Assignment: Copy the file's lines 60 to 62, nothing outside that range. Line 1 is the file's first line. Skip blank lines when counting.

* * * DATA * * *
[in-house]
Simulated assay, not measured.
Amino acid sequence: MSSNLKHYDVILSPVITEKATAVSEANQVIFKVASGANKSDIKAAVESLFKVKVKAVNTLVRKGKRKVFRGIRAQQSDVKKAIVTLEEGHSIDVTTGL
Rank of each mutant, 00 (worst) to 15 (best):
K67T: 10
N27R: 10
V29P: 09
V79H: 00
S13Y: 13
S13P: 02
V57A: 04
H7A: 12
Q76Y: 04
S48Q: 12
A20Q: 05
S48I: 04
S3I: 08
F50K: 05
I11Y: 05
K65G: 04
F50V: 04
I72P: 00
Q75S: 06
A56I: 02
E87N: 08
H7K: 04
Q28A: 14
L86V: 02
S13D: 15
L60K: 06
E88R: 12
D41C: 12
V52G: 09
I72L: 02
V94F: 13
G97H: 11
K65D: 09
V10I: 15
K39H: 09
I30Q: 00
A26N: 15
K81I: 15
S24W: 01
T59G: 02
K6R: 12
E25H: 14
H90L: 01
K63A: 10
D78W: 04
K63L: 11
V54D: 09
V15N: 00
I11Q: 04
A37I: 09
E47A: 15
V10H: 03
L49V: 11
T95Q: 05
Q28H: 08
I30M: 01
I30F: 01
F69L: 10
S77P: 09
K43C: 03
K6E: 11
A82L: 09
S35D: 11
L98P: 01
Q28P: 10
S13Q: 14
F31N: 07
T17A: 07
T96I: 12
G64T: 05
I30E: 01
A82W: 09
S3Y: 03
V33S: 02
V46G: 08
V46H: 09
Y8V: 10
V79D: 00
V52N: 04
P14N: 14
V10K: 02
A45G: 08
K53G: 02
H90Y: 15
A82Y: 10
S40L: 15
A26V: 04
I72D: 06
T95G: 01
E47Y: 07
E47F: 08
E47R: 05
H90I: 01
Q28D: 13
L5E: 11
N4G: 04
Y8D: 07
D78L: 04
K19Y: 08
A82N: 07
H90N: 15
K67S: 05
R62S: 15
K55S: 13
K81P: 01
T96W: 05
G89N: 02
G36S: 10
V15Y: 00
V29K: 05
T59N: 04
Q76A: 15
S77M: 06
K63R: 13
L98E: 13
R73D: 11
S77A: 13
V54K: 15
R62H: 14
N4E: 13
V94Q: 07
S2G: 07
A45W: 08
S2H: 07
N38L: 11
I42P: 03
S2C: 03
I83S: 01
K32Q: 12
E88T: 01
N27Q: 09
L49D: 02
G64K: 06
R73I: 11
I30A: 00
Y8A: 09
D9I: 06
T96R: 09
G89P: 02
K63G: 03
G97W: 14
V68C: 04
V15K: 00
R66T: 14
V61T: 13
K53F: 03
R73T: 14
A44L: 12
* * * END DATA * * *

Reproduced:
I30M: 01
I30F: 01
F69L: 10